After McDade headed north on Sunset Avenue, a short distance from his father’s home, Newlen got out of the vehicle and put out a radio broadcast that he was pursuing McDade on foot.
Griffin passed McDade and stopped his police cruiser in front of him in an attempt to contain his movements. McDade ran a few steps past the car and then inexplicably turned and moved toward the police car. Griffin said this move left him fearful that he was about to come under attack by McDade, who he still believed was armed.
“He left the sidewalk and he’s running at me,” Griffin told the District Attorney’s Office. “This scares the crap out of me. I don’t know why he’s running at me. He’s still clutching his waistband. I think he’s got a gun. I’m stuck in the car. I got nowhere to go.”
Griffin opened fire and struck McDade several times. Newlen thought his partner had come under fire and began firing at McDade.
According to Los Angeles County Medical Examiner Ogbonna Chinwah, McDade suffered three fatal gunshot wounds to the abdomen and four nonfatal wounds to the left hip, left elbow, right arm and right forearm. After being shot, he was handcuffed and began twitching as he lay in the street. A bleeding and confused McDade asked a paramedic, “Why did they shoot me?”
The officers were ultimately exonerated by the DA’s Office, the Pasadena Police Department and the Los Angeles County Sheriff’s Department.
“The point is that they are fighting against problems in the system,” local attorney and former mayoral candidate Phillip Koebel said of McDade’s parents. “I’m proud of them for settling,” Koebel said. “I don’t think settling reveals any weakness. I hope they have found resolution.”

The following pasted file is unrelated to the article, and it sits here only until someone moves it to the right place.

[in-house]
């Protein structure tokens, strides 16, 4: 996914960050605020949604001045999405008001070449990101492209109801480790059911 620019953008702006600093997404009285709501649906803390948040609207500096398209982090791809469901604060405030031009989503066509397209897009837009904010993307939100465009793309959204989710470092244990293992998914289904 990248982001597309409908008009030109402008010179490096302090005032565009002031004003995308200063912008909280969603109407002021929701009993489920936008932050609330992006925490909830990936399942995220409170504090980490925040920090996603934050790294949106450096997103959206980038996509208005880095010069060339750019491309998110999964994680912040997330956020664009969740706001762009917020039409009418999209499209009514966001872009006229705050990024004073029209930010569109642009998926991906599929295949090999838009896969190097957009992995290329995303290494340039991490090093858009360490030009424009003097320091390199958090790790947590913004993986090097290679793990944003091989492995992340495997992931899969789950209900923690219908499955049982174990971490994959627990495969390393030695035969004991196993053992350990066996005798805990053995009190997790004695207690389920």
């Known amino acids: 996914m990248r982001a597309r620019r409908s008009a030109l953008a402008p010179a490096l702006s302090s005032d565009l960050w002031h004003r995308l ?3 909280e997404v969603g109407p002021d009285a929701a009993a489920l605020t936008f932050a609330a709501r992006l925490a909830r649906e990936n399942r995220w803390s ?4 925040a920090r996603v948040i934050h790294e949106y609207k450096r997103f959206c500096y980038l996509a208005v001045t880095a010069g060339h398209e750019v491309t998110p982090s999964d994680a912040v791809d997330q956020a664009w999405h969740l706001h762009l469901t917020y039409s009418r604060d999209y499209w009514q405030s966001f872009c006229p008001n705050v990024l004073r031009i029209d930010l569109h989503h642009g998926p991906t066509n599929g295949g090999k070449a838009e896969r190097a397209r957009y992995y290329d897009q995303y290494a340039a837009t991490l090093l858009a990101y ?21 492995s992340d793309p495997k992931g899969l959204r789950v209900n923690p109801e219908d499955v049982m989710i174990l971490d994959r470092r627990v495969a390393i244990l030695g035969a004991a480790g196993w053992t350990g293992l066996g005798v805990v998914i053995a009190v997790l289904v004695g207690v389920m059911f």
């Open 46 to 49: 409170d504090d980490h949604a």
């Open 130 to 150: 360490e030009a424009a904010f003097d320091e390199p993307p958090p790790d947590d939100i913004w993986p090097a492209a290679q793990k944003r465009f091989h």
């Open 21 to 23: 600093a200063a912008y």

Searching for answers
The shooting sparked outrage. After former NAACP president and former Harper ally Joe Brown went forward with plans allowing Pasadena Police Chief Phillip Sanchez to host the annual Ruby McKnight Williams award, an angry Harper appeared before the group and pleaded with members to run against Brown. Brown eventually resigned and was replaced by Gary Moody.
The shooting also reignited the decades-old discussion of how African Americans should react during encounters with the Police Department.
More than 50 people showed up at a rally outside City Hall and the Rev. Jesse Jackson met with Sanchez and McDade’s parents before speaking to students at Pasadena High School.
Almost immediately after the shooting, Sanchez asked the Office of Independent Review (OIR) to open a probe into the shooting. OIR Lead Attorney Michael Gennaco told the Weekly in April that his group had almost completed its investigation of the incident. So far, a completed report has not been released. An assistant in Gennaco’s office told the Weekly that Gennaco is currently in Peru on vacation and will not return until Monday.
The OIR was established by the Board of Supervisors to investigate shootings and other incidents involving sheriff’s deputies and officers with other law enforcement agencies, including Pasadena. Its staff investigates procedural and policy matters involved with a given case.
The Pasadena department announced in February that the OIR would no longer investigate its officer-involved shootings. Sanchez said the Sheriff’s Department would best investigate future shootings involving officers.
“We are well past the point of criminal prosecution for these officers,” Hickambottom said. “Beyond that, we need to look at the policy. I don’t think the suppression of the OIR report is coincidental.”